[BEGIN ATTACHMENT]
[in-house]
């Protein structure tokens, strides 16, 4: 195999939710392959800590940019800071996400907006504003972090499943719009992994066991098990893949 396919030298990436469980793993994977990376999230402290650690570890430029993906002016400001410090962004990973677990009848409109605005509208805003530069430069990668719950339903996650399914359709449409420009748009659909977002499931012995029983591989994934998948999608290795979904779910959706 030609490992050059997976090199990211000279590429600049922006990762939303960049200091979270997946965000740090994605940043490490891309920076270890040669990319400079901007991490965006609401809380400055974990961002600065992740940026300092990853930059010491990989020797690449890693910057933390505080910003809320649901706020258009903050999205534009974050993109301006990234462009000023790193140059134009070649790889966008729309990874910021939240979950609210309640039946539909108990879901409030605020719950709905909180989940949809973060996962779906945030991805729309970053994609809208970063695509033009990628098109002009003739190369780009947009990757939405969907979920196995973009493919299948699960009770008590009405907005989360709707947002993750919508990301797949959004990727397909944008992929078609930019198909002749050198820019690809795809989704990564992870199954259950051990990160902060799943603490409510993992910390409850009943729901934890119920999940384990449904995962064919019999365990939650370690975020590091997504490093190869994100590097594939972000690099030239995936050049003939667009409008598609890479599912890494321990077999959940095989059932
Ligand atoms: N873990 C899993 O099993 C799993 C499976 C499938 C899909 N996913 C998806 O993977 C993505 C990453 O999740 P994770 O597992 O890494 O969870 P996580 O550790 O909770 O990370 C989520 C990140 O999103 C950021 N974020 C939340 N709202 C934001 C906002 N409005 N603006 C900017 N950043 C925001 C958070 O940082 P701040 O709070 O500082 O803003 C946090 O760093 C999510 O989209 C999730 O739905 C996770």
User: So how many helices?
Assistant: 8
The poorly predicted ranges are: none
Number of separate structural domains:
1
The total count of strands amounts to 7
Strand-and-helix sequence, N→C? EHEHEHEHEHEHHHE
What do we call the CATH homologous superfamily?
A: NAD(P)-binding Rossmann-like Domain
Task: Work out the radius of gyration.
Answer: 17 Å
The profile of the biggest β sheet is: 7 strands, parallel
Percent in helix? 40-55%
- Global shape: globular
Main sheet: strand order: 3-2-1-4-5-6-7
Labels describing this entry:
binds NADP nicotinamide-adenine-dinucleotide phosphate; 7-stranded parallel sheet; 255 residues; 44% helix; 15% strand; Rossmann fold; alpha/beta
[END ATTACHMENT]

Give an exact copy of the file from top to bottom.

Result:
[in-house]
């Protein structure tokens, strides 16, 4: 195999939710392959800590940019800071996400907006504003972090499943719009992994066991098990893949 396919030298990436469980793993994977990376999230402290650690570890430029993906002016400001410090962004990973677990009848409109605005509208805003530069430069990668719950339903996650399914359709449409420009748009659909977002499931012995029983591989994934998948999608290795979904779910959706 030609490992050059997976090199990211000279590429600049922006990762939303960049200091979270997946965000740090994605940043490490891309920076270890040669990319400079901007991490965006609401809380400055974990961002600065992740940026300092990853930059010491990989020797690449890693910057933390505080910003809320649901706020258009903050999205534009974050993109301006990234462009000023790193140059134009070649790889966008729309990874910021939240979950609210309640039946539909108990879901409030605020719950709905909180989940949809973060996962779906945030991805729309970053994609809208970063695509033009990628098109002009003739190369780009947009990757939405969907979920196995973009493919299948699960009770008590009405907005989360709707947002993750919508990301797949959004990727397909944008992929078609930019198909002749050198820019690809795809989704990564992870199954259950051990990160902060799943603490409510993992910390409850009943729901934890119920999940384990449904995962064919019999365990939650370690975020590091997504490093190869994100590097594939972000690099030239995936050049003939667009409008598609890479599912890494321990077999959940095989059932
Ligand atoms: N873990 C899993 O099993 C799993 C499976 C499938 C899909 N996913 C998806 O993977 C993505 C990453 O999740 P994770 O597992 O890494 O969870 P996580 O550790 O909770 O990370 C989520 C990140 O999103 C950021 N974020 C939340 N709202 C934001 C906002 N409005 N603006 C900017 N950043 C925001 C958070 O940082 P701040 O709070 O500082 O803003 C946090 O760093 C999510 O989209 C999730 O739905 C996770």
User: So how many helices?
Assistant: 8
The poorly predicted ranges are: none
Number of separate structural domains:
1
The total count of strands amounts to 7
Strand-and-helix sequence, N→C? EHEHEHEHEHEHHHE
What do we call the CATH homologous superfamily?
A: NAD(P)-binding Rossmann-like Domain
Task: Work out the radius of gyration.
Answer: 17 Å
The profile of the biggest β sheet is: 7 strands, parallel
Percent in helix? 40-55%
- Global shape: globular
Main sheet: strand order: 3-2-1-4-5-6-7
Labels describing this entry:
binds NADP nicotinamide-adenine-dinucleotide phosphate; 7-stranded parallel sheet; 255 residues; 44% helix; 15% strand; Rossmann fold; alpha/beta